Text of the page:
• For U.S. employees: health insurance subsidy and 401(k) retirement savings plan
    • Annual bonus opportunity
    • Ability to move without being tied to your job location

    What you will be doing:

    • Work from your home office, or from our offices in New York City and the Tennessee Tri-Cities area
    • Consult with clients to determine their web application needs
    • Build, test, release, and maintain web applications for our clients
    • Work with open source tools and contribute back as opportunity arises
    • Use your desktop platform of choice: Linux, macOS, Windows
    • Learn and put to use new technologies
    • Direct much of your own work

    What you will need:

    • Professional experience building reliable server-side apps
    • Good front-end web skills with responsive design using HTML, CSS, and JavaScript, including jQuery, Angular, Backbone.js, Ember.js, etc.
    • Experience with databases such as PostgreSQL, MySQL, SQL Server, MongoDB, CouchDB, Redis, Elasticsearch, etc.
    • A focus on needs of our clients and their users
    • Strong verbal and written communication skills

    We are an equal opportunity employer and value diversity at our company. We do not discriminate on the basis of gender, race, religion, color, national origin, sexual orientation, age, marital status, veteran status, or disability status.

    Please email us an introduction to jobs@endpoint.com to apply. Include a resume, your GitHub or LinkedIn URLs, or whatever else that would help us get to know you. We look forward to hearing from you! Full-time employment seekers only, please -- this role is not for agencies or subcontractors.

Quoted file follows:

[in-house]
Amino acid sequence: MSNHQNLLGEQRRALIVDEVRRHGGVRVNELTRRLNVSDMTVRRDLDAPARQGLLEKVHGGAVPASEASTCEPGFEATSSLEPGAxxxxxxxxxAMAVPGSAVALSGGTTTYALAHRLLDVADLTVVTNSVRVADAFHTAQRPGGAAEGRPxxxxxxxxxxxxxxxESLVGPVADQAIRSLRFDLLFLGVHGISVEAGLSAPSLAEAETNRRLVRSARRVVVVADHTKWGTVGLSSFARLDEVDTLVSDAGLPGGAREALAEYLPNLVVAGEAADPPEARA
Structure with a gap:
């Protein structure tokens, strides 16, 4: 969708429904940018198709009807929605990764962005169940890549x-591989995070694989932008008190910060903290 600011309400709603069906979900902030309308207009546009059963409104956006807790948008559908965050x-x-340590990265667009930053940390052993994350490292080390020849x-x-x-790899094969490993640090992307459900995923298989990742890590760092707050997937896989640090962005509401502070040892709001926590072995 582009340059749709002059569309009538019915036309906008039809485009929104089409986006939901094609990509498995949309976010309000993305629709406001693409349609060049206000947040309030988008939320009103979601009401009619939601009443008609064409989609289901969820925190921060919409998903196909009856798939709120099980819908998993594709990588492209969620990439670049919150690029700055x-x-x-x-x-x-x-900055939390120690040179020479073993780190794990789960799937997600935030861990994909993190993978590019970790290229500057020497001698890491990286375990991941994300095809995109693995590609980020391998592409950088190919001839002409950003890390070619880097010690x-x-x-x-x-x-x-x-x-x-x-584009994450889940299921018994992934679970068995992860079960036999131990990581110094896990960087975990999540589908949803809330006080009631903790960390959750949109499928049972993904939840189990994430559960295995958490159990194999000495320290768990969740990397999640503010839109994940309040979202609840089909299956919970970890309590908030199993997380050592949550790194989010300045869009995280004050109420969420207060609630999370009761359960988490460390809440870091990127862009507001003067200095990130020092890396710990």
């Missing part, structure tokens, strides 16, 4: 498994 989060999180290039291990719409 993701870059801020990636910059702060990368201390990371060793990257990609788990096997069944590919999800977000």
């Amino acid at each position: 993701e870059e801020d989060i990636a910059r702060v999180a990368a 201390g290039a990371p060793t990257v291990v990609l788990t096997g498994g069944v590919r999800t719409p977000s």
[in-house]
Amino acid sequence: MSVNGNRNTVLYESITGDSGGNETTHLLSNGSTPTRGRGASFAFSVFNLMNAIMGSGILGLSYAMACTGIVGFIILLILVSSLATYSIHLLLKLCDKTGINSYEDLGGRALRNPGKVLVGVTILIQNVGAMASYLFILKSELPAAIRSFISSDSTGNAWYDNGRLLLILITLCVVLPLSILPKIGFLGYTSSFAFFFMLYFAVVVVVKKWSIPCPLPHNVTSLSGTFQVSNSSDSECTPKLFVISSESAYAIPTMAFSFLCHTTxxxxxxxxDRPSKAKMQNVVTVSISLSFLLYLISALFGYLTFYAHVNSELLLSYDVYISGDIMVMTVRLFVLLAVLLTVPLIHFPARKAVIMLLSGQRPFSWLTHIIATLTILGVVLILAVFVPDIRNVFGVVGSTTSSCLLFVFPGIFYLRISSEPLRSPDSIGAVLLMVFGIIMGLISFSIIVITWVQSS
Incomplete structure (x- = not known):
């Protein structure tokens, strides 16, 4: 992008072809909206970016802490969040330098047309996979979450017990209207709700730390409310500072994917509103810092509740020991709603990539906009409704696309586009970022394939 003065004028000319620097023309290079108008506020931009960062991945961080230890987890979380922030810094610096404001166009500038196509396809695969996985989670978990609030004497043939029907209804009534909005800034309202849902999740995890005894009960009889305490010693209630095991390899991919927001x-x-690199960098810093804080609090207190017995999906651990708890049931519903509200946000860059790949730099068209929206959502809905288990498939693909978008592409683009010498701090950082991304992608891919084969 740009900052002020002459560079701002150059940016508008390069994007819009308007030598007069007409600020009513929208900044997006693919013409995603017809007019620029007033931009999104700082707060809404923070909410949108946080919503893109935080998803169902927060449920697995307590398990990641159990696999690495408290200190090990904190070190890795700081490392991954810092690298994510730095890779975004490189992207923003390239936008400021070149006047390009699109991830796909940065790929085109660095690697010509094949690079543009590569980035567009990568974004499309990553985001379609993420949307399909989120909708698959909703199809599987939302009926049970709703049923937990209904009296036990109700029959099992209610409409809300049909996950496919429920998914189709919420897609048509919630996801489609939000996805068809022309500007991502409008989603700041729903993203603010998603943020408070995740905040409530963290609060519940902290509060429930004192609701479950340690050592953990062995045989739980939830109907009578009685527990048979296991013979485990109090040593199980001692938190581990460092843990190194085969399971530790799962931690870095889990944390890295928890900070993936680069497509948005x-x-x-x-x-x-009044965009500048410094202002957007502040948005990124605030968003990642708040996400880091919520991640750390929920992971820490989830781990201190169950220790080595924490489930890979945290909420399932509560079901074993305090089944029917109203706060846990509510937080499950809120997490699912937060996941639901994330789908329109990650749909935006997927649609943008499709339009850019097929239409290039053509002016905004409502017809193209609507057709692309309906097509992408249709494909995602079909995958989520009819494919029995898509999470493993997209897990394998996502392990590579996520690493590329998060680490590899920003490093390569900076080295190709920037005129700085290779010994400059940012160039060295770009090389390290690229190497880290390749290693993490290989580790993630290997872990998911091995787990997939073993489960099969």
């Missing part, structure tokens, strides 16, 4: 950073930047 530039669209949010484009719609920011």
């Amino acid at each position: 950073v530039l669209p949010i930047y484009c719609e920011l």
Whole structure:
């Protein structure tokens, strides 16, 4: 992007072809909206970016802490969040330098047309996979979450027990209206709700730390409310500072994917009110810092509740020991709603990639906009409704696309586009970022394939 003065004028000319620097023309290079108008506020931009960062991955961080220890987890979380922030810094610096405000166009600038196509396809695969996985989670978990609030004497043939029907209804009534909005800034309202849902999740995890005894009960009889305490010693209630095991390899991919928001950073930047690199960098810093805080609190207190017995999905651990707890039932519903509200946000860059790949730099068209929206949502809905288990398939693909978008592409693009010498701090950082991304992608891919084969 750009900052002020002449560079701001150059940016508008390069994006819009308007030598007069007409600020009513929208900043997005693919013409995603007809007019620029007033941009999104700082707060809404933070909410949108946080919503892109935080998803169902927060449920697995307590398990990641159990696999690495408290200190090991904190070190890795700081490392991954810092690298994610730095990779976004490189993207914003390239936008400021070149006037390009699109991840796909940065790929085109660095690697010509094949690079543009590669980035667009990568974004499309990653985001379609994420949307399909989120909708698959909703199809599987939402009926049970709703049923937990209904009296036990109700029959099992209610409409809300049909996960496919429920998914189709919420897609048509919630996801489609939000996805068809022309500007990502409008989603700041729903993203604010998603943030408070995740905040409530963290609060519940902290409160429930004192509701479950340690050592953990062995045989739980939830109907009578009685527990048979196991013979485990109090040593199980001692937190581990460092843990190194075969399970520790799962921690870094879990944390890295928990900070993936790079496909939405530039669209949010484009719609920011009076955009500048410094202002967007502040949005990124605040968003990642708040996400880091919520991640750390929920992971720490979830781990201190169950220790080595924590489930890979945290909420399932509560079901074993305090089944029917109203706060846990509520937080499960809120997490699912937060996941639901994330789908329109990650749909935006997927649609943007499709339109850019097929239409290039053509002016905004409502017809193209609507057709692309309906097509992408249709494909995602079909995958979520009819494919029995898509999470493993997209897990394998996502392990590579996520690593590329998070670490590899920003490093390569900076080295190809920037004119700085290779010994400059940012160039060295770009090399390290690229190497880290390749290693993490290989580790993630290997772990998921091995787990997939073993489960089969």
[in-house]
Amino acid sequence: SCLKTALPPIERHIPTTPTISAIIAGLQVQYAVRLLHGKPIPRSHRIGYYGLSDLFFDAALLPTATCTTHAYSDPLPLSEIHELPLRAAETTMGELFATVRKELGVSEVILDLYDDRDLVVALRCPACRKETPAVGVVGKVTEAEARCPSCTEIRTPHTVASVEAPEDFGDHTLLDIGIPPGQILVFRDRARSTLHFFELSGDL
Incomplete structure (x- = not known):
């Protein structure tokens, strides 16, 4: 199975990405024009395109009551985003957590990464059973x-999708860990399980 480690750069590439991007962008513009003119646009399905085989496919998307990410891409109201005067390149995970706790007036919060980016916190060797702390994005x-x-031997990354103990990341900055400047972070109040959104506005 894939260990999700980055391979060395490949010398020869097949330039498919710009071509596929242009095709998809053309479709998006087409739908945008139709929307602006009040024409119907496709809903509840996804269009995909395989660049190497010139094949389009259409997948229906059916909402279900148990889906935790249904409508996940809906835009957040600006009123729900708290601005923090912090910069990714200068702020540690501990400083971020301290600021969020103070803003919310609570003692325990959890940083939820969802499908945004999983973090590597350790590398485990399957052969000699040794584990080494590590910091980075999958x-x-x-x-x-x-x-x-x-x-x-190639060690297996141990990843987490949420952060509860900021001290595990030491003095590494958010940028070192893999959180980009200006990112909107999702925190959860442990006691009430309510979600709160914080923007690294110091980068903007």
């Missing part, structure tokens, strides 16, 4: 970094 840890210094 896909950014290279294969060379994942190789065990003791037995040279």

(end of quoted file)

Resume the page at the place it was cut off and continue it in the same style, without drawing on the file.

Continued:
Comments

    published by Eugenia on 2017-04-20 00:37:37 in the "Metaphysics" category
    Eugenia Loli-Queru

    During my lucid dream today, semi-jokingly my spirit guide Esther says that the only way to avoid an abduction, is to induce coma for at least 1 yr, until they lose interest. Hardly a great way to get out of that ain’t it? But she says there’s no other way, you just need to make your body and spirit unavailable to them.

    That reply really got me surprised, because it was definitely not my own subconscious generating it. I never thought about getting into a… coma as a solution to the reported phenomena. In fact, it surprised me so much during my dream, that I kept repeating it throughout until I woke up (“remember it, remember it…”). I have long discussions with my spirit guide often about stuff, but I rarely remember them, but this time I needed to remember it.

    I also asked her then why do they abduct people, and she told me “you know why” (and I do, a post for another time).

    I then asked her if the Greys are good or bad, and she said that they’re not necessarily great, they are just doing what they were “hired” to do. Then I asked who ordered the project, and she says: “I can’t tell you that” (she wouldn’t reveal it).

    So, yeah, that happened today.